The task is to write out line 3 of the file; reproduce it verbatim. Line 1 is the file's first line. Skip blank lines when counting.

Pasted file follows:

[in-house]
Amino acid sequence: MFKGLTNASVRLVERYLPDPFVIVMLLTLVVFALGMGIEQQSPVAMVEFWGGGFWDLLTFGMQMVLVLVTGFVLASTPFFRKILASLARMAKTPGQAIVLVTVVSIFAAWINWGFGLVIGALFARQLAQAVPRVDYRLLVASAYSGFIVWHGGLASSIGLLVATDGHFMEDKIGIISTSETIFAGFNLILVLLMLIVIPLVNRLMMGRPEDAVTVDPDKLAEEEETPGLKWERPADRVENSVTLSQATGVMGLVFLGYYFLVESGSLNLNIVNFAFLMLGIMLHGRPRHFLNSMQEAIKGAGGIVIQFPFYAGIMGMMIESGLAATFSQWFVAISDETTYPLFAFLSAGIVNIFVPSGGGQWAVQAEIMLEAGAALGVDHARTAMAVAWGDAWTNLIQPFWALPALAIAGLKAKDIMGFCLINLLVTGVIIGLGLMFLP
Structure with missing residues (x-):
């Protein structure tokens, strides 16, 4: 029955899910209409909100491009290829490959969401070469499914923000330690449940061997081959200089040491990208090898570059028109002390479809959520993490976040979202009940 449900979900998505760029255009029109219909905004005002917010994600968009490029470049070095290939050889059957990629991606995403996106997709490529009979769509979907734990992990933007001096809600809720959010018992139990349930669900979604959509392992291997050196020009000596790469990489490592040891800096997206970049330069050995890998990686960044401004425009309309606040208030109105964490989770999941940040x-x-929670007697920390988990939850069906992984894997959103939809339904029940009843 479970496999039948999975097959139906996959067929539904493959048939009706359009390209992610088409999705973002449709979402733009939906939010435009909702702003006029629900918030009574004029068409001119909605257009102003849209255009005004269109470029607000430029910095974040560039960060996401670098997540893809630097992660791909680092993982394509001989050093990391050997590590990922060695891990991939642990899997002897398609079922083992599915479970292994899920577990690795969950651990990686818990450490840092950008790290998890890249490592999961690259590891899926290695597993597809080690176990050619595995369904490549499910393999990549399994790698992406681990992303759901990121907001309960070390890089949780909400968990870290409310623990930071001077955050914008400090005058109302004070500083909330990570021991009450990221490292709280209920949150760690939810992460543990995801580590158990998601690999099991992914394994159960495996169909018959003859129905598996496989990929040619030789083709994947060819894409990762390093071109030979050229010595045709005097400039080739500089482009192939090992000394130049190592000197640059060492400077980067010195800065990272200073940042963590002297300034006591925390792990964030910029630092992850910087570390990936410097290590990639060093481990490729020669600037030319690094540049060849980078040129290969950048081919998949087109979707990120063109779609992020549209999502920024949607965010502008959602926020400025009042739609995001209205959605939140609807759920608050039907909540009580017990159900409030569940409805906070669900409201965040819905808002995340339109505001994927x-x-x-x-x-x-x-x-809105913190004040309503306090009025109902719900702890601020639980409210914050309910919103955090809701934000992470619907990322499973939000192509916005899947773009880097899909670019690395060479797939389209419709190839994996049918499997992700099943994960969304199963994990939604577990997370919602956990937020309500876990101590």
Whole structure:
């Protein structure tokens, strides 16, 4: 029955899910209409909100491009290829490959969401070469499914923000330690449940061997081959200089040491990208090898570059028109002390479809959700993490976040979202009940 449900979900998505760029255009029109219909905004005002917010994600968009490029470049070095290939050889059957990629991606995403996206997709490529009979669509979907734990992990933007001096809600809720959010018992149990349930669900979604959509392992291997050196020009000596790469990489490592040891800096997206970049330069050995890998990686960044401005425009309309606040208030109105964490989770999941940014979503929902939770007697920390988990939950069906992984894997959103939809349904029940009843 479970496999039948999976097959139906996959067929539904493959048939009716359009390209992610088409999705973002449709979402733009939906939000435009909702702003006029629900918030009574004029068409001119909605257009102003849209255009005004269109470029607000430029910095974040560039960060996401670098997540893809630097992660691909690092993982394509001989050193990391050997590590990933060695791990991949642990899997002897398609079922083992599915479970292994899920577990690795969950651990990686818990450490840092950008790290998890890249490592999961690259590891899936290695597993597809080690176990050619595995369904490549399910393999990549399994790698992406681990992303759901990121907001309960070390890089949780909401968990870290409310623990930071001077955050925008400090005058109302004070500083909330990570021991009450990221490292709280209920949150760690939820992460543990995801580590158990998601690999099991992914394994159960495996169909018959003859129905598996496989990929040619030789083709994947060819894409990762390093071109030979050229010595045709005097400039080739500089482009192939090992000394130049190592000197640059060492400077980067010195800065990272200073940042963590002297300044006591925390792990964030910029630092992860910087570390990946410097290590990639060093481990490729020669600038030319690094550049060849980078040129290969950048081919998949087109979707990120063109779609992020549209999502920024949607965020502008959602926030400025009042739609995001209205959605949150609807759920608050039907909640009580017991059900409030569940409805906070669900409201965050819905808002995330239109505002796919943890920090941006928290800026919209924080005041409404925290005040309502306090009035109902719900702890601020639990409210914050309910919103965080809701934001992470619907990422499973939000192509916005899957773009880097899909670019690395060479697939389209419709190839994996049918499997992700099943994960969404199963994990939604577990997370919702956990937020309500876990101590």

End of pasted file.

Structure with missing residues (x-):